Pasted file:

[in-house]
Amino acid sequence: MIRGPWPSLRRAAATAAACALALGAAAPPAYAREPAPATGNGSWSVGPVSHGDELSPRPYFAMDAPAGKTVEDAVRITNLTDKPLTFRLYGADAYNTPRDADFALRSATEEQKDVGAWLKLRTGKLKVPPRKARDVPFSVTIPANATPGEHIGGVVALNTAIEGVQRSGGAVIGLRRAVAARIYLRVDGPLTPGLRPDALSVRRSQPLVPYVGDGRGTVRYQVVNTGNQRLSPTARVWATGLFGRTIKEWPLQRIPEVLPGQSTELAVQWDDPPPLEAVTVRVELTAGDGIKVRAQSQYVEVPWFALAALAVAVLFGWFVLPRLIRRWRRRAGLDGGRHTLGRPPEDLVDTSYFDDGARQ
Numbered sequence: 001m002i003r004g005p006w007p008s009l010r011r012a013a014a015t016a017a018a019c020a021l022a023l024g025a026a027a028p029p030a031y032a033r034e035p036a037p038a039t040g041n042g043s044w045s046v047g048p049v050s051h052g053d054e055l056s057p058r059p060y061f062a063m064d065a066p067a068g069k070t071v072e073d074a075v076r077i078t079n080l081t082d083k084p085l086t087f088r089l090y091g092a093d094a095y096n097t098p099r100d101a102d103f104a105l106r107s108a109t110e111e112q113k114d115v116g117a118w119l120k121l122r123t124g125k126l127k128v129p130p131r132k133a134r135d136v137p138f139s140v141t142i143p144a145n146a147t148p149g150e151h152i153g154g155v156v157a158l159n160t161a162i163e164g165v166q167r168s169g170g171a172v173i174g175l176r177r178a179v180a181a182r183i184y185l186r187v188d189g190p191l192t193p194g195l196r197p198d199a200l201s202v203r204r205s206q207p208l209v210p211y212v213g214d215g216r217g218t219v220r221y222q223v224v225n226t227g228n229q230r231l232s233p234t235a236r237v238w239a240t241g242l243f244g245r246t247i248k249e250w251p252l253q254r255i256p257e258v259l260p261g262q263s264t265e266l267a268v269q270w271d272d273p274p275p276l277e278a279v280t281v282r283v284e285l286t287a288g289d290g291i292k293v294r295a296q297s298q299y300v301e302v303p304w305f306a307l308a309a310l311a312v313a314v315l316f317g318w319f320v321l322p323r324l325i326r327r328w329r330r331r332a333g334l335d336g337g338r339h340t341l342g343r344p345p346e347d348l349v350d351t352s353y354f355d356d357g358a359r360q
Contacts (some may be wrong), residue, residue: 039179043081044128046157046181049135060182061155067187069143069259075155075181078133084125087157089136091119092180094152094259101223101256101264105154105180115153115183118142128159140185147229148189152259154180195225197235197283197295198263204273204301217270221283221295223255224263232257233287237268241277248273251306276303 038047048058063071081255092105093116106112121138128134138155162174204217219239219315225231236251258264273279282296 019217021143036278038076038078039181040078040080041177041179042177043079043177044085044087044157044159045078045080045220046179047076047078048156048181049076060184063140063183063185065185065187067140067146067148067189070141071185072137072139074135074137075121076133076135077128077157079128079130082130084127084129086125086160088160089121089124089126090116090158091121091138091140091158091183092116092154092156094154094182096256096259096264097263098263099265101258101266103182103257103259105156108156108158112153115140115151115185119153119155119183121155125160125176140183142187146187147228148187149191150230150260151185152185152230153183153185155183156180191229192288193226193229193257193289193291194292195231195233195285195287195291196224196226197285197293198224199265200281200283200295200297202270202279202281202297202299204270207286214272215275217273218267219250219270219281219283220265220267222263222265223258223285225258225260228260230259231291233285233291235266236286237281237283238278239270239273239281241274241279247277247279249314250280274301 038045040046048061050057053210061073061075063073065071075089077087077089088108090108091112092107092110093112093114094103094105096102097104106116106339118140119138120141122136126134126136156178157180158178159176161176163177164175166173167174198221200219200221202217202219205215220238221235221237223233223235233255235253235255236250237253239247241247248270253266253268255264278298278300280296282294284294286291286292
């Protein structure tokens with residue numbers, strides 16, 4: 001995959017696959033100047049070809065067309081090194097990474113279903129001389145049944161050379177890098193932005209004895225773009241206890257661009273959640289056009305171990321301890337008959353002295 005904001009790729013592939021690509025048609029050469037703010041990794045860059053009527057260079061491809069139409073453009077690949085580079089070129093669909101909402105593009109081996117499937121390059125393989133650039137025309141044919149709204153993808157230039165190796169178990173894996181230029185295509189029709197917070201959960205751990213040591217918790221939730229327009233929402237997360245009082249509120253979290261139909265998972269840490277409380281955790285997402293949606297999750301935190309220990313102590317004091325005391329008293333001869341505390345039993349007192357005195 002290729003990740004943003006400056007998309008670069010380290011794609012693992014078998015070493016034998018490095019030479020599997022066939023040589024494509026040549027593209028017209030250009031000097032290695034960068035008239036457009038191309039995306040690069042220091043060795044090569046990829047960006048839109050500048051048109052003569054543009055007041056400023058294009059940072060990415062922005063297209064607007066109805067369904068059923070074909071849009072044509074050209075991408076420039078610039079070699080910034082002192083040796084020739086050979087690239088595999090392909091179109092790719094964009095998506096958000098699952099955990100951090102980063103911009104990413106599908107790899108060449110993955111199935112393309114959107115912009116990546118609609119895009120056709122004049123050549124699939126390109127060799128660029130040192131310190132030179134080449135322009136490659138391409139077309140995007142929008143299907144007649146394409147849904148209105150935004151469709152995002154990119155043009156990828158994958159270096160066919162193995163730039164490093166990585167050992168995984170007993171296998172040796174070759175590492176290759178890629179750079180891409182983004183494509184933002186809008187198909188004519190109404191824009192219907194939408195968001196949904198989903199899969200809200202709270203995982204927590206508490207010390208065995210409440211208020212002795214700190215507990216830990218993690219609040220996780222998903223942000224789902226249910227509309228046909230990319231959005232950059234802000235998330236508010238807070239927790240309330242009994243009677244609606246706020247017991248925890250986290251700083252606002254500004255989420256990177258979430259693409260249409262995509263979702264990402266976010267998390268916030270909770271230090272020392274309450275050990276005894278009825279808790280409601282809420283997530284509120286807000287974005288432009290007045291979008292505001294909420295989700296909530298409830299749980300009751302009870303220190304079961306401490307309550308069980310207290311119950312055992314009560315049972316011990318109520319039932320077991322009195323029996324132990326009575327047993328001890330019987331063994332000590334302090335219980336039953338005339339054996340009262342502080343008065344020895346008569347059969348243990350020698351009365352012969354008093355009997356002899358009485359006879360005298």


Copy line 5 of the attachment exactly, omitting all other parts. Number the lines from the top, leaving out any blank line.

């Protein structure tokens with residue numbers, strides 16, 4: 001995959017696959033100047049070809065067309081090194097990474113279903129001389145049944161050379177890098193932005209004895225773009241206890257661009273959640289056009305171990321301890337008959353002295 005904001009790729013592939021690509025048609029050469037703010041990794045860059053009527057260079061491809069139409073453009077690949085580079089070129093669909101909402105593009109081996117499937121390059125393989133650039137025309141044919149709204153993808157230039165190796169178990173894996181230029185295509189029709197917070201959960205751990213040591217918790221939730229327009233929402237997360245009082249509120253979290261139909265998972269840490277409380281955790285997402293949606297999750301935190309220990313102590317004091325005391329008293333001869341505390345039993349007192357005195 002290729003990740004943003006400056007998309008670069010380290011794609012693992014078998015070493016034998018490095019030479020599997022066939023040589024494509026040549027593209028017209030250009031000097032290695034960068035008239036457009038191309039995306040690069042220091043060795044090569046990829047960006048839109050500048051048109052003569054543009055007041056400023058294009059940072060990415062922005063297209064607007066109805067369904068059923070074909071849009072044509074050209075991408076420039078610039079070699080910034082002192083040796084020739086050979087690239088595999090392909091179109092790719094964009095998506096958000098699952099955990100951090102980063103911009104990413106599908107790899108060449110993955111199935112393309114959107115912009116990546118609609119895009120056709122004049123050549124699939126390109127060799128660029130040192131310190132030179134080449135322009136490659138391409139077309140995007142929008143299907144007649146394409147849904148209105150935004151469709152995002154990119155043009156990828158994958159270096160066919162193995163730039164490093166990585167050992168995984170007993171296998172040796174070759175590492176290759178890629179750079180891409182983004183494509184933002186809008187198909188004519190109404191824009192219907194939408195968001196949904198989903199899969200809200202709270203995982204927590206508490207010390208065995210409440211208020212002795214700190215507990216830990218993690219609040220996780222998903223942000224789902226249910227509309228046909230990319231959005232950059234802000235998330236508010238807070239927790240309330242009994243009677244609606246706020247017991248925890250986290251700083252606002254500004255989420256990177258979430259693409260249409262995509263979702264990402266976010267998390268916030270909770271230090272020392274309450275050990276005894278009825279808790280409601282809420283997530284509120286807000287974005288432009290007045291979008292505001294909420295989700296909530298409830299749980300009751302009870303220190304079961306401490307309550308069980310207290311119950312055992314009560315049972316011990318109520319039932320077991322009195323029996324132990326009575327047993328001890330019987331063994332000590334302090335219980336039953338005339339054996340009262342502080343008065344020895346008569347059969348243990350020698351009365352012969354008093355009997356002899358009485359006879360005298």